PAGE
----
Back when it was in grad school, Interboro worked on a redevelopment strategy for a small, Midwestern city (Waterloo, IA) that had experienced increasing disinvestment, shrinkage, and “brain drain.” Interboro’s clients – a small group of earnest, upstanding young city council members – had some vague sense that the arts were vital to their future, but they weren’t sure exactly how (this was in 2000, a year before The Rise of the Creative Class came out). They were curious about a gay couple that had moved into a “renovated loft,” and admittedly inspired by a “funky” new club / gallery that had opened downtown, and they wondered what they might do to attract more of the same.
Interboro was itself inspired by the clients’ enthusiasm, but a bit disturbed by what was implied, namely, that economic development was somehow synonymous with alternative lifestyles and the arts. It’s a benign enough point to say that the places where art thrives are also places that are thriving economically, but it’s less benign to say that places that are thriving economically are thriving economically because they are the places where art thrives (since it might be the case that artists are attracted to places that are already thriving economically). And so to assume that the arts are somehow engines of economic development seems pernicious, to say the least.
And besides, how in the world would you go about attracting more of the same? So the city council thinks it’d be swell for the downtown to be swarming with gays and artists – how do you get them there? What sorts of mechanisms are in place to attract them? Obviously, there’s a long history of cities moving mountains to attract job-providing businesses. But should a city be allowed (let alone encouraged) to attract individuals who represent a certain lifestyle?
In 2000, these seemed like absurd questions to ask. Today, as most people know, they’re the sorts of questions that almost all aspiring small cities ask themselves seriously. What’s even more surprizing, however, are some of the answers these cities have come up with. In 2000, Interboro joked that Waterloo should institute a variation of the “fresh air fund,” whereby the city would pay people from, say, Williamsbug to move to Waterloo with the understanding that the Williamsburg kids would have to renovate a loft, start a gallery, and patronize the downtown coffee shop. Scanning Planetizen today, Interboro found a link to a story about a program in Tacoma, WA that pretty much does just that. The article (which is absurdly non-critical) states that:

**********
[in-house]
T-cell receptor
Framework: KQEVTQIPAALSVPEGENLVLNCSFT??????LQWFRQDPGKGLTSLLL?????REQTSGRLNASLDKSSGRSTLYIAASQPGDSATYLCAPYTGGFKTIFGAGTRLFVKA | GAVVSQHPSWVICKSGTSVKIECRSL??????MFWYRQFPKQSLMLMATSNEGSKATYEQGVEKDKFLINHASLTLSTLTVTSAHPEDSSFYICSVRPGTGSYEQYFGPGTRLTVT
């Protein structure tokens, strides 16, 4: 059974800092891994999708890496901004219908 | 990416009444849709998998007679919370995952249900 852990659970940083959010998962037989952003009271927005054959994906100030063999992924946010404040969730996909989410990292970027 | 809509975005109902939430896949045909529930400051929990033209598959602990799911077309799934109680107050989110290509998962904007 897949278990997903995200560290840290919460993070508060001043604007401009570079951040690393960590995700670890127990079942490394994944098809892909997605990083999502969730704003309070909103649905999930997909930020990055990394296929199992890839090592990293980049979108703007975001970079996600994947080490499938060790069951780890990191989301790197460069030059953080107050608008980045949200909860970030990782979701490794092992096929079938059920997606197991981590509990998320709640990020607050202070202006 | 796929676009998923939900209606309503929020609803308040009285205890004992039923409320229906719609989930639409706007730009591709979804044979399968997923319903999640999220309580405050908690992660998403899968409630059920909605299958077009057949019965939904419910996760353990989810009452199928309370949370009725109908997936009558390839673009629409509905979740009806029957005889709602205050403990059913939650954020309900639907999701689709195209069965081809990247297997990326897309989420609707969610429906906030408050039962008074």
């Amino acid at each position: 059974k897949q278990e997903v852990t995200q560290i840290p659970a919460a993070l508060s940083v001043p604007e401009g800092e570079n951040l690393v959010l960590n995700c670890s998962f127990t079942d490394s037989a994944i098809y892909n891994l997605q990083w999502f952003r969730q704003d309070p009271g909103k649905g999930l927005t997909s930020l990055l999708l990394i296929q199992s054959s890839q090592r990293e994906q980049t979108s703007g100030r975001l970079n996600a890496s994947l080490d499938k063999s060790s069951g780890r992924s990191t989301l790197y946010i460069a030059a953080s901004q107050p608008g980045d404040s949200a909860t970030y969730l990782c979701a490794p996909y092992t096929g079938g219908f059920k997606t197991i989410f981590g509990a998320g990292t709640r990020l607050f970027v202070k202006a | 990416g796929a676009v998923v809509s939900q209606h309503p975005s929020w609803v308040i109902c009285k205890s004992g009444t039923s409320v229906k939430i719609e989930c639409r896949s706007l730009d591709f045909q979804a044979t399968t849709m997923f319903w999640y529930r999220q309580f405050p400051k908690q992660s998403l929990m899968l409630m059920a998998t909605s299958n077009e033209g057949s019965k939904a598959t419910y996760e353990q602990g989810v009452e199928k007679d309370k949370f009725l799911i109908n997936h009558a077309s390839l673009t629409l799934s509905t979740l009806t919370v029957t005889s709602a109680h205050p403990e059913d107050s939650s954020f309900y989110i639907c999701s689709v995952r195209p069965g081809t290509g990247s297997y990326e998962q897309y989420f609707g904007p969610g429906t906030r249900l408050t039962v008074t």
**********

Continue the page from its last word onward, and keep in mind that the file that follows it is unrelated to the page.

Artists in the region choose Tacoma not only because of the abundance of cheap, vacant buildings but also because of a focused effort from the city. As part of long-range planning efforts, the city recognized that artists play a crucial role in creating a vibrant, 24-hour downtown and began to take steps to facilitate artists living and working there. The city aims to bridge the gap between Old and New Tacoma, encouraging the arts from both bottom-up and top-down.
How does Tacoma “encourage the arts from the top-down”? By paying artists to move there. The article talks about one guy who received $4,000 to move to Tacoma from Seattle. This is not a joke anymore.
To some, the “Creative Class” debate is pretty tired, but for a number of reasons, Interboro thinks that it’s a perfect time to assess the “arts as economic development” movement. Now that it has had a few years to get started, we could ask: How did it come so far so fast? What are its success stories? What are its failures? Who are the winners and losers?
We could aslo ask a number of questions that seem to have been overlooked. For example, how do artists feel about being used as the agents of gentrification? How do artists feel about being pawns in someone else’s vision of what a city should look like? What sorts of criteria do cities use for determining who is and who isn’t an artist?